Boss battles are a different kettle of fish. Each of the big cheese's lieutenants has two phases of combat: one based in the physical realm, and one based in the spirit realm. In time-honoured fashion, each requires a spot of pattern-recognition to defeat, and by and large, Deck 13 is fairly creative in what it throws at you. One of the bosses, an African Princess, appears in the spirit realm as a giant bird. After her initial aerial attacks are dealt with, she sheds a feather and a scale, which are used as a spear and a shield against her.
There's lots of character and creativity on show, and that keeps Venetica interesting right until the end. But there's also the kind of corner-cutting and lack of polish that speak of an under-budgeted game with high aspirations. This is a tremendous shame, as it devalues the experience in a constant, niggling way.
NPCs block your passage, and if you press against them, they sometimes halt completely until you back off and wait. In narrow corridors, when you're trying to run past a dawdling friendly, it's nothing short of infuriating. Their voice-acting ranges from triple-A to bargain basement, and the typo-riddled subtitles often don't match the script spoken by the actors.
Likewise, the lack of conceptual signposting in all areas of the game may lead to the joy of discovery in some cases, but irksome guesswork in many others. Why has your newly-earned block skill suddenly stopped working? Because you're fighting a new enemy type that ignores blocks. How is that fair? And what's the reason for it?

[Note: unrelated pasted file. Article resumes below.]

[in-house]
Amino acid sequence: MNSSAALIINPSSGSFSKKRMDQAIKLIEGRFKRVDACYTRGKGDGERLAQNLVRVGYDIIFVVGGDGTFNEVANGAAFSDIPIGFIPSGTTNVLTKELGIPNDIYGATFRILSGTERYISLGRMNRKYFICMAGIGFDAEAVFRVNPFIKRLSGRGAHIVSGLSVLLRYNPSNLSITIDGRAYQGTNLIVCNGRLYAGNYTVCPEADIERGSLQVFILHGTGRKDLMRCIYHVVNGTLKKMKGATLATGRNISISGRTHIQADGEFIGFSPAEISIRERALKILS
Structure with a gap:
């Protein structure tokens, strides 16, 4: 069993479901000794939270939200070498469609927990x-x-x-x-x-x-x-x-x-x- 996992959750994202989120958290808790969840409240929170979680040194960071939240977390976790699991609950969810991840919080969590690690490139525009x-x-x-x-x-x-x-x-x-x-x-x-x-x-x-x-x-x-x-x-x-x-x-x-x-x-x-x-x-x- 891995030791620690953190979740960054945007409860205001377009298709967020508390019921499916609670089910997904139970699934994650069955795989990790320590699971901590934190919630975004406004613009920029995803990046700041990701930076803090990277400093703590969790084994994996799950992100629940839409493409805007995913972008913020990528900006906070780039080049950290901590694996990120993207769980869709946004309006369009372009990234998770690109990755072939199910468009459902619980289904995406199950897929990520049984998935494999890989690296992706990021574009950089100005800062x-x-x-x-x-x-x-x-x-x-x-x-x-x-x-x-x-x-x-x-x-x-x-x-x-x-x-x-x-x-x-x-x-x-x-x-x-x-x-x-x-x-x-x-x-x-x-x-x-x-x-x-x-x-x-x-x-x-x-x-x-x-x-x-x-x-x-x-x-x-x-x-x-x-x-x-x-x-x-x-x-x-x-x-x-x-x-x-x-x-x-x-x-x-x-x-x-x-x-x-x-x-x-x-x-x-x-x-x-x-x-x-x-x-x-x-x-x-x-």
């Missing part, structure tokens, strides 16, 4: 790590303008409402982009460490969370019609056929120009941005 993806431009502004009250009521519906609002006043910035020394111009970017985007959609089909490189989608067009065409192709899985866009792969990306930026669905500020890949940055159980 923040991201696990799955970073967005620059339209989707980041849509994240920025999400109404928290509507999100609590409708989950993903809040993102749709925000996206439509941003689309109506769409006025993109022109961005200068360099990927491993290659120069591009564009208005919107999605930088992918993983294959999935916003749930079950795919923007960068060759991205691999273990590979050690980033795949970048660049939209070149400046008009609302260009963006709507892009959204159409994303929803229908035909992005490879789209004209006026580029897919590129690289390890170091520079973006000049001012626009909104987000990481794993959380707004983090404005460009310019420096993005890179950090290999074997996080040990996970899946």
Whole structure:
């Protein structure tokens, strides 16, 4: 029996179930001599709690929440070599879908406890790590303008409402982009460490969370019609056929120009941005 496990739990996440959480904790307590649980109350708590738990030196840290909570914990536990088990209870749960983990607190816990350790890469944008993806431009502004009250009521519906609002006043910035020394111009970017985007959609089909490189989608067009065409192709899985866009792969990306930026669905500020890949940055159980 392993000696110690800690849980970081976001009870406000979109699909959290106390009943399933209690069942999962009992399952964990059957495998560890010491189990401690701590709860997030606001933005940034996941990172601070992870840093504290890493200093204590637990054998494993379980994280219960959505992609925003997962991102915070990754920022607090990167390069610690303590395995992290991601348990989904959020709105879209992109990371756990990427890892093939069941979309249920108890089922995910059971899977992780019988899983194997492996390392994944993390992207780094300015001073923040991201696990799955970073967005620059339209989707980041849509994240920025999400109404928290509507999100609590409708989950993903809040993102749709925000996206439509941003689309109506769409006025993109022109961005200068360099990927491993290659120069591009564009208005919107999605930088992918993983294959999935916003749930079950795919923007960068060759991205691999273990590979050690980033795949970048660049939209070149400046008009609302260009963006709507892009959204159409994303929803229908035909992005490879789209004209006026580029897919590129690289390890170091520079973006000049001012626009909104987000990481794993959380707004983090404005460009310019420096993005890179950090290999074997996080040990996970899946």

Little situations like this occur throughout the game; inexplicable oversights which leave you guessing because they're never explained. Why is there no axe skill-tree when you can use axes, but there's a skill-tree for every other weapon type? It took a little while to twig that they fall under the hammer skill tree.
One quest actually broke the game completely, when a critical scroll disappeared from my inventory as soon as I'd collected it. Googling the problem turned up only half the solution until I finally found a developer-built hotfix (which also inserted a much-needed quick-save function).
In spite of all this, Venetica has some soul. Don't expect an RPG of depth – it's heavy on the action, light on customisation, and rewarding loot is rare. It's also in desperate need of more time in the womb, and the results of that are felt all over. But by and large, the sense of location and the constant weft of combat meant that I spent much of the fifteen hours it took to complete in a state of gentle enjoyment – and that definitely counts for something.
6 / 10
Venetica is out now on PC and Xbox 360. The PS3 version will be released soon.